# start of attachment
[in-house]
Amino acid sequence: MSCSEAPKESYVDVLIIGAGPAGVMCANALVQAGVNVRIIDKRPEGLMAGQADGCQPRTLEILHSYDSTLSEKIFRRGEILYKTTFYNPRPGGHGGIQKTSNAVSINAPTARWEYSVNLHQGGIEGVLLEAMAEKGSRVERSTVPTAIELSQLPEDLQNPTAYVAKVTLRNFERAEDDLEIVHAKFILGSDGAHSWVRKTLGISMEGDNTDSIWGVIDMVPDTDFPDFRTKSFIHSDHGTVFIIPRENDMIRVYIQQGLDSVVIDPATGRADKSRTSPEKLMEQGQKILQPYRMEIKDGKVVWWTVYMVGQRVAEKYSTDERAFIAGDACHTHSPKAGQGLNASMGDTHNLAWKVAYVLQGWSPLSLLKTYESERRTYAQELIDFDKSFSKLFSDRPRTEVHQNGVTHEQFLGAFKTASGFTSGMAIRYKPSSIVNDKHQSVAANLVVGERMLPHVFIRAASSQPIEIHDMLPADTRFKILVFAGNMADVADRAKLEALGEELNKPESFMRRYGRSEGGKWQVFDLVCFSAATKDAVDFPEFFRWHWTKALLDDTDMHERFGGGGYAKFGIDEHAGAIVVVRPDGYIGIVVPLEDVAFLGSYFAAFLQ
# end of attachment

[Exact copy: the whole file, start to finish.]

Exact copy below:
[in-house]
Amino acid sequence: MSCSEAPKESYVDVLIIGAGPAGVMCANALVQAGVNVRIIDKRPEGLMAGQADGCQPRTLEILHSYDSTLSEKIFRRGEILYKTTFYNPRPGGHGGIQKTSNAVSINAPTARWEYSVNLHQGGIEGVLLEAMAEKGSRVERSTVPTAIELSQLPEDLQNPTAYVAKVTLRNFERAEDDLEIVHAKFILGSDGAHSWVRKTLGISMEGDNTDSIWGVIDMVPDTDFPDFRTKSFIHSDHGTVFIIPRENDMIRVYIQQGLDSVVIDPATGRADKSRTSPEKLMEQGQKILQPYRMEIKDGKVVWWTVYMVGQRVAEKYSTDERAFIAGDACHTHSPKAGQGLNASMGDTHNLAWKVAYVLQGWSPLSLLKTYESERRTYAQELIDFDKSFSKLFSDRPRTEVHQNGVTHEQFLGAFKTASGFTSGMAIRYKPSSIVNDKHQSVAANLVVGERMLPHVFIRAASSQPIEIHDMLPADTRFKILVFAGNMADVADRAKLEALGEELNKPESFMRRYGRSEGGKWQVFDLVCFSAATKDAVDFPEFFRWHWTKALLDDTDMHERFGGGGYAKFGIDEHAGAIVVVRPDGYIGIVVPLEDVAFLGSYFAAFLQ